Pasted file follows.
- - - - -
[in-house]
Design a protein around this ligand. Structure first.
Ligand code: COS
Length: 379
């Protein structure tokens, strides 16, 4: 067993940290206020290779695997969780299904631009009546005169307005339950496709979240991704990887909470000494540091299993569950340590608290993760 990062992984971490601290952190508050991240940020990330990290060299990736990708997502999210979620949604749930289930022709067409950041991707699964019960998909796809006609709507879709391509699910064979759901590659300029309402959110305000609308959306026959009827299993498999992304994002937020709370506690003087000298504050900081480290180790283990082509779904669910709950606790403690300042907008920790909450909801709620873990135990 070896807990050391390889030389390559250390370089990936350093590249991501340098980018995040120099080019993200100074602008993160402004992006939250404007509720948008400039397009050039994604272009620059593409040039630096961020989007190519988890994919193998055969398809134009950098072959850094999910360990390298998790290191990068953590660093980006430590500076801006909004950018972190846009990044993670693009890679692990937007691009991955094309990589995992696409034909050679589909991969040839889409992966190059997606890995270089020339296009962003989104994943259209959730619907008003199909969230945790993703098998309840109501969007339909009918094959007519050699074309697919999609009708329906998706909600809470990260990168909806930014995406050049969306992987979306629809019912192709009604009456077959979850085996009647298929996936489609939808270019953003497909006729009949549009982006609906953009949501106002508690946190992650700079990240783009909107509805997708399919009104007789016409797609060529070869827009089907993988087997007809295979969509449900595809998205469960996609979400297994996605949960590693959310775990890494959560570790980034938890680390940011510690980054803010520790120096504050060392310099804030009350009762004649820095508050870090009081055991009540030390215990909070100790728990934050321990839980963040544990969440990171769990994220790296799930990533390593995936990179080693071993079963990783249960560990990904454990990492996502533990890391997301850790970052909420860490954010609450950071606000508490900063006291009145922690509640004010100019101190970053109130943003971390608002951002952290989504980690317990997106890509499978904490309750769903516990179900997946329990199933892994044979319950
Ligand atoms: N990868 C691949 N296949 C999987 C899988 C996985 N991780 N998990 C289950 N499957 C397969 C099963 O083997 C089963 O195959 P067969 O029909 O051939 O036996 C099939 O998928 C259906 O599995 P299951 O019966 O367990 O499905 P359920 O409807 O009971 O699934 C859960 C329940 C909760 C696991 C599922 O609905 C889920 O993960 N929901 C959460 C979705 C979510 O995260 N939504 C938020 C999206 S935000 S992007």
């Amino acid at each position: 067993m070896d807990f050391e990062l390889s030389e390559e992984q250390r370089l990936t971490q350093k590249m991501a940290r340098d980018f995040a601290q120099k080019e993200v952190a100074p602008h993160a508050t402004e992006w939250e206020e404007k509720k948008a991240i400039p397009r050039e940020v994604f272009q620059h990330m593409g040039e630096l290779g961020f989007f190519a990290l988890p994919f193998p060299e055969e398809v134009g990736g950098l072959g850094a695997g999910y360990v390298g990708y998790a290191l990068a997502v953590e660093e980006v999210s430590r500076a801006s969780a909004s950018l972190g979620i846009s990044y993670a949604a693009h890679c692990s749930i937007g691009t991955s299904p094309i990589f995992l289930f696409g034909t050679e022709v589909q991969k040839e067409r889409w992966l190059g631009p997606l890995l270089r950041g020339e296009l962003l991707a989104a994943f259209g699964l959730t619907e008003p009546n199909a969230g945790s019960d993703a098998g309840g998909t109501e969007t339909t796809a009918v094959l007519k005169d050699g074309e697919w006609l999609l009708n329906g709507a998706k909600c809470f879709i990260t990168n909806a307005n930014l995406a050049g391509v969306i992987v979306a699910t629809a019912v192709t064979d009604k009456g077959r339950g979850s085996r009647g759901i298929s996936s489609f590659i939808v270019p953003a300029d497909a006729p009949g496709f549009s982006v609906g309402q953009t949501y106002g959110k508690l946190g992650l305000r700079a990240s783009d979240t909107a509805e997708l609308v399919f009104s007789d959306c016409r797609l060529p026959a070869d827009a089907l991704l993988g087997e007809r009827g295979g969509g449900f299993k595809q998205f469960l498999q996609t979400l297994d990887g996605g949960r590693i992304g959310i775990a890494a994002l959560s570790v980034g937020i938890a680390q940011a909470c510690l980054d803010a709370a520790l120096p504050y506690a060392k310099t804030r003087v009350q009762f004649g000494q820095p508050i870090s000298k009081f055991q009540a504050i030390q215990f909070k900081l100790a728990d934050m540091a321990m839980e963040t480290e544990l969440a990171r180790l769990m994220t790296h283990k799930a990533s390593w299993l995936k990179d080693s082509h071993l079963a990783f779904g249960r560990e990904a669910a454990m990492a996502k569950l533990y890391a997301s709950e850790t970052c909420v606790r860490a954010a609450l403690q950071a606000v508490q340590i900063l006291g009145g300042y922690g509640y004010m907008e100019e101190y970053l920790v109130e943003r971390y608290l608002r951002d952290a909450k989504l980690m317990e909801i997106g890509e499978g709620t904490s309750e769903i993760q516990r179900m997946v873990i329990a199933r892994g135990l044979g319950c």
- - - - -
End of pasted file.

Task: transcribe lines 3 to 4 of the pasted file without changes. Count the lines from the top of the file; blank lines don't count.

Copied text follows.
Ligand code: COS
Length: 379